'In the present case, complete recovery is not possible, but Mr. Bhatnagar might be able to walk without a stick. As far as his arm is concerned, it will be useless for all practical purposes.'
It was very vehemently contended by the learned Advocate--General that it sounds very improbable that after having come out of the hospital, the appellant would not like to know the cause of the injuries or that he would not think of filing a claim application. The argument, in the circumstances of the case, is not sustainable. As earlier observed, in the instant case the nature of the injuries and the disability caused as a result of those injuries was such which must not have allowed the appellant or the attendants to think of giving preference to the filing of the claim application over the recovery of the injured. We have to take into consideration the overall circumstances and while deciding the question of 'sufficient cause' a too technical view does not deserve to be taken. It may be observed at this stage that we are not adverting to the amended application at all and have tried to confine ourselves to the allegations made in the original claim application in support of the plea for condonation of delay.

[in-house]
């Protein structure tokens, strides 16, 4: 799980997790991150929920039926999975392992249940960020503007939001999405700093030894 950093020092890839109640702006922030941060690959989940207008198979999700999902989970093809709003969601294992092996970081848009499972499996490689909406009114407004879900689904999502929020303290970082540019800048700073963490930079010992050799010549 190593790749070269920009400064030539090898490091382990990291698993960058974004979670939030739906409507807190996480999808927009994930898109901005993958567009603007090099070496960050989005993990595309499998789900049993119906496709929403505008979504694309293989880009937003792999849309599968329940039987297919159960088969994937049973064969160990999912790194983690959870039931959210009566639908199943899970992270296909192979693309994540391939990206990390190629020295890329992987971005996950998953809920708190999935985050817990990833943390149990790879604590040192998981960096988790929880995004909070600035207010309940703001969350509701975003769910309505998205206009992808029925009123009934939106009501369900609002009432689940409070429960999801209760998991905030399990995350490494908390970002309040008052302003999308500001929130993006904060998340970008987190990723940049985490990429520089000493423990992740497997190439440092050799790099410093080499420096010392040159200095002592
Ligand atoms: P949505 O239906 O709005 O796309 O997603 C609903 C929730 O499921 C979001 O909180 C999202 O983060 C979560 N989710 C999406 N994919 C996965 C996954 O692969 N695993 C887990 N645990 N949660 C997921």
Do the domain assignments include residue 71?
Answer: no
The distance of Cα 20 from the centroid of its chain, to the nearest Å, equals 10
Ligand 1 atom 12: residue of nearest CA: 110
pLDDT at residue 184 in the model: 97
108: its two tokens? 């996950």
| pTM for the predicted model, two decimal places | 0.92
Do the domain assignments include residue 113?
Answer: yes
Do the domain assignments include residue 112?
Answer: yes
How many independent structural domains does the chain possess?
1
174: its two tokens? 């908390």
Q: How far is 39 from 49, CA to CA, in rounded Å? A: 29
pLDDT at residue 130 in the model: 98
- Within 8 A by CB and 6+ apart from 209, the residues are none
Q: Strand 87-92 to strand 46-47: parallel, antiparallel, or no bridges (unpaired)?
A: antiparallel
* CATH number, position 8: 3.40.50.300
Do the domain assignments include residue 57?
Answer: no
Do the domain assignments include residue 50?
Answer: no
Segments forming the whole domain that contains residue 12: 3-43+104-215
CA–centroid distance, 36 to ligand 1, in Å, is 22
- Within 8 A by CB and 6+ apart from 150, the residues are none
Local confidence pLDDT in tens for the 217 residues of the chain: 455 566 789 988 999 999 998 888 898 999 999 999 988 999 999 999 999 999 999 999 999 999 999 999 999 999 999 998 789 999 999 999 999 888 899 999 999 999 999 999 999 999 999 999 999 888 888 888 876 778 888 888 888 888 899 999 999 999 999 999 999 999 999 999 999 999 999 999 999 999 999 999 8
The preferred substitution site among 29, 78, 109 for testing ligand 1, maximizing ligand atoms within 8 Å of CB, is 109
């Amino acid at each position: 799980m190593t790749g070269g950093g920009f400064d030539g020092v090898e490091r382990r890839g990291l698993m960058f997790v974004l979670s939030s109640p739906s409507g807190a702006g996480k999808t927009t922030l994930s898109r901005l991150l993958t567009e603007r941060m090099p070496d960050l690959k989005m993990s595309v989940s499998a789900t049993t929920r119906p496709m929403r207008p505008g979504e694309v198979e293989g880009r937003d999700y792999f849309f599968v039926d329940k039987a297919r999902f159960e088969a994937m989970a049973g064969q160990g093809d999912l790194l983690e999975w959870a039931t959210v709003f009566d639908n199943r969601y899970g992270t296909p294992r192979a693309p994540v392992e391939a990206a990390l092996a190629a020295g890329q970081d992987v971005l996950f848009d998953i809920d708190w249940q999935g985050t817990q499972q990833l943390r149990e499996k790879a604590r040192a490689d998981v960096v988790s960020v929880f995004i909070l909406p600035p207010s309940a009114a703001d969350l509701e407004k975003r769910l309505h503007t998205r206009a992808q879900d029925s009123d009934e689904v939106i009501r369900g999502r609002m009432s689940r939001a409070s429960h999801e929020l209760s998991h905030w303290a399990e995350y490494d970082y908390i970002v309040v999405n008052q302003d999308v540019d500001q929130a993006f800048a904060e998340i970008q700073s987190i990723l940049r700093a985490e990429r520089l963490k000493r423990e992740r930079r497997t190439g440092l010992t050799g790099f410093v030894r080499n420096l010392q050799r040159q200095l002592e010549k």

8. Further, we find great force in the contention of Mr. Suri, learned counsel, that if delay upto Nov. 1, 1967, could be condoned, there was no reason for not condoning the delay upto Nov. 29, 1967, as those very reasons continued to exist upto Nov. 29, 1967. Thus viewed from any angle, we are unable to agree with the learned Single Judge that the appellant had not made out a case for condoning the delay from Nov. 1, 1967 till Nov. 29, 1967, and accordingly, reverse that finding and hold that sufficient cause has been shown by the appellant for not making the application till Nov. 29, 1967, and accordingly condone the delay.
9. This brings us to the merits of the controversy. Mr. Suri, learned counsel for the appellant, contended that the amount of compensation awarded was grossly inadequate and that the appellant was entitled to more compensation. On the other hand, the learned Advocate--General submitted that the learned Single Judge has assessed the compensation correctly and that no ground had been made out for the enhancement of the compensation.